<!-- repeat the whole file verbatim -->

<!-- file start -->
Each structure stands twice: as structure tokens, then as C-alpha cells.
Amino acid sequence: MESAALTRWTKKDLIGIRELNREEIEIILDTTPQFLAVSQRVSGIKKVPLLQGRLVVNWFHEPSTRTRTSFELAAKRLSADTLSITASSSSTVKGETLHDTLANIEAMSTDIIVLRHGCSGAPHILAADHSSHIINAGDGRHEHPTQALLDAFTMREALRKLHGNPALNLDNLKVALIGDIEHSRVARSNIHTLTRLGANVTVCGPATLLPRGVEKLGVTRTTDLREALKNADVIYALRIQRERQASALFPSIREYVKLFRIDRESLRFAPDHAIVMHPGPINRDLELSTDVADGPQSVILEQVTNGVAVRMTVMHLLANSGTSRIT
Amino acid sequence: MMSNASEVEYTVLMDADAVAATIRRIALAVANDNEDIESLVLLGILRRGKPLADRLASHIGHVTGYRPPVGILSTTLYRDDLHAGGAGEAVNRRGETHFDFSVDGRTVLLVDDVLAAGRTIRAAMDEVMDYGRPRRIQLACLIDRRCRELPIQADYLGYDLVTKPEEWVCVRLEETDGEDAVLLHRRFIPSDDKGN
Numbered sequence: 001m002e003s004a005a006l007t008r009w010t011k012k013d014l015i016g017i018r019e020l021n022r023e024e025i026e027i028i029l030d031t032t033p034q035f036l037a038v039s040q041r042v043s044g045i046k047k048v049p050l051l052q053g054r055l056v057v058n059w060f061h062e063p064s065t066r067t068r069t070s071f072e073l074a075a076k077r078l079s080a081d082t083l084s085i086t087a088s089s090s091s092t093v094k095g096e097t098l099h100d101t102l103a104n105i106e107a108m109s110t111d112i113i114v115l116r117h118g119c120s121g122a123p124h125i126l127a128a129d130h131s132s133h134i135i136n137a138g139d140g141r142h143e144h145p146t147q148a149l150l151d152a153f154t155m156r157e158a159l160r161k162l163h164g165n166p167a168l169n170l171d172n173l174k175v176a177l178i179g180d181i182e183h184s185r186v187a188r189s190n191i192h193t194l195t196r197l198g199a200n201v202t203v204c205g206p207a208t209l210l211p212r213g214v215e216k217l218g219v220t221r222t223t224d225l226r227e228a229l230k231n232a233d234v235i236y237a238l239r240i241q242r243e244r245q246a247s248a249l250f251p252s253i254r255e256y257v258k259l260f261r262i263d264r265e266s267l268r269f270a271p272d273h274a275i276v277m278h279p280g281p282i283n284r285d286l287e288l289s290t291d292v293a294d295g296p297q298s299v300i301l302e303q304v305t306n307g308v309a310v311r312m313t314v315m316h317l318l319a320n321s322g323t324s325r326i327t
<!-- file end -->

Each structure stands twice: as structure tokens, then as C-alpha cells.
Amino acid sequence: MESAALTRWTKKDLIGIRELNREEIEIILDTTPQFLAVSQRVSGIKKVPLLQGRLVVNWFHEPSTRTRTSFELAAKRLSADTLSITASSSSTVKGETLHDTLANIEAMSTDIIVLRHGCSGAPHILAADHSSHIINAGDGRHEHPTQALLDAFTMREALRKLHGNPALNLDNLKVALIGDIEHSRVARSNIHTLTRLGANVTVCGPATLLPRGVEKLGVTRTTDLREALKNADVIYALRIQRERQASALFPSIREYVKLFRIDRESLRFAPDHAIVMHPGPINRDLELSTDVADGPQSVILEQVTNGVAVRMTVMHLLANSGTSRIT
Amino acid sequence: MMSNASEVEYTVLMDADAVAATIRRIALAVANDNEDIESLVLLGILRRGKPLADRLASHIGHVTGYRPPVGILSTTLYRDDLHAGGAGEAVNRRGETHFDFSVDGRTVLLVDDVLAAGRTIRAAMDEVMDYGRPRRIQLACLIDRRCRELPIQADYLGYDLVTKPEEWVCVRLEETDGEDAVLLHRRFIPSDDKGN
Numbered sequence: 001m002e003s004a005a006l007t008r009w010t011k012k013d014l015i016g017i018r019e020l021n022r023e024e025i026e027i028i029l030d031t032t033p034q035f036l037a038v039s040q041r042v043s044g045i046k047k048v049p050l051l052q053g054r055l056v057v058n059w060f061h062e063p064s065t066r067t068r069t070s071f072e073l074a075a076k077r078l079s080a081d082t083l084s085i086t087a088s089s090s091s092t093v094k095g096e097t098l099h100d101t102l103a104n105i106e107a108m109s110t111d112i113i114v115l116r117h118g119c120s121g122a123p124h125i126l127a128a129d130h131s132s133h134i135i136n137a138g139d140g141r142h143e144h145p146t147q148a149l150l151d152a153f154t155m156r157e158a159l160r161k162l163h164g165n166p167a168l169n170l171d172n173l174k175v176a177l178i179g180d181i182e183h184s185r186v187a188r189s190n191i192h193t194l195t196r197l198g199a200n201v202t203v204c205g206p207a208t209l210l211p212r213g214v215e216k217l218g219v220t221r222t223t224d225l226r227e228a229l230k231n232a233d234v235i236y237a238l239r240i241q242r243e244r245q246a247s248a249l250f251p252s253i254r255e256y257v258k259l260f261r262i263d264r265e266s267l268r269f270a271p272d273h274a275i276v277m278h279p280g281p282i283n284r285d286l287e288l289s290t291d292v293a294d295g296p297q298s299v300i301l302e303q304v305t306n307g308v309a310v311r312m313t314v315m316h317l318l319a320n321s322g323t324s325r326i327t